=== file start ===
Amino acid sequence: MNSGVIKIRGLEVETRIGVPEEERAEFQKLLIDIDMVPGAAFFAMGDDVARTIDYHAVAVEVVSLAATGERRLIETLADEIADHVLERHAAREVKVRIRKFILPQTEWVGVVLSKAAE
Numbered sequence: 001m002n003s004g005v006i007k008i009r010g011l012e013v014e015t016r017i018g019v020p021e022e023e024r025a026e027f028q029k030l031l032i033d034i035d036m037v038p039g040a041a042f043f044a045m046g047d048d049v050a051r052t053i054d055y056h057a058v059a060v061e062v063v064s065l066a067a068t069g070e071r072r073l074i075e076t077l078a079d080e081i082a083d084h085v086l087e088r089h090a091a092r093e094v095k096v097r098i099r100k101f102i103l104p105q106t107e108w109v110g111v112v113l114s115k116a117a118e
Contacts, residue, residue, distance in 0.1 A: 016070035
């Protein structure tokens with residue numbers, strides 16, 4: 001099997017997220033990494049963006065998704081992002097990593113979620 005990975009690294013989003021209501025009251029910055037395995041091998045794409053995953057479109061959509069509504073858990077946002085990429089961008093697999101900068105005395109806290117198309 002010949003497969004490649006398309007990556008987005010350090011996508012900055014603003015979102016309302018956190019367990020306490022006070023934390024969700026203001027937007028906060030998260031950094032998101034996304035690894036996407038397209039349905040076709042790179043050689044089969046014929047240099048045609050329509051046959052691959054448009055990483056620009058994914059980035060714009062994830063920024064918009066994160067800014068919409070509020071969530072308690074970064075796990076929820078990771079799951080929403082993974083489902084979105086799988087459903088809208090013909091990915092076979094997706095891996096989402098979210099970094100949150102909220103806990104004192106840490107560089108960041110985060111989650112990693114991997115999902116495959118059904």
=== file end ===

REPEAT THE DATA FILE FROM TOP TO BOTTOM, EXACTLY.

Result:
Amino acid sequence: MNSGVIKIRGLEVETRIGVPEEERAEFQKLLIDIDMVPGAAFFAMGDDVARTIDYHAVAVEVVSLAATGERRLIETLADEIADHVLERHAAREVKVRIRKFILPQTEWVGVVLSKAAE
Numbered sequence: 001m002n003s004g005v006i007k008i009r010g011l012e013v014e015t016r017i018g019v020p021e022e023e024r025a026e027f028q029k030l031l032i033d034i035d036m037v038p039g040a041a042f043f044a045m046g047d048d049v050a051r052t053i054d055y056h057a058v059a060v061e062v063v064s065l066a067a068t069g070e071r072r073l074i075e076t077l078a079d080e081i082a083d084h085v086l087e088r089h090a091a092r093e094v095k096v097r098i099r100k101f102i103l104p105q106t107e108w109v110g111v112v113l114s115k116a117a118e
Contacts, residue, residue, distance in 0.1 A: 016070035
């Protein structure tokens with residue numbers, strides 16, 4: 001099997017997220033990494049963006065998704081992002097990593113979620 005990975009690294013989003021209501025009251029910055037395995041091998045794409053995953057479109061959509069509504073858990077946002085990429089961008093697999101900068105005395109806290117198309 002010949003497969004490649006398309007990556008987005010350090011996508012900055014603003015979102016309302018956190019367990020306490022006070023934390024969700026203001027937007028906060030998260031950094032998101034996304035690894036996407038397209039349905040076709042790179043050689044089969046014929047240099048045609050329509051046959052691959054448009055990483056620009058994914059980035060714009062994830063920024064918009066994160067800014068919409070509020071969530072308690074970064075796990076929820078990771079799951080929403082993974083489902084979105086799988087459903088809208090013909091990915092076979094997706095891996096989402098979210099970094100949150102909220103806990104004192106840490107560089108960041110985060111989650112990693114991997115999902116495959118059904």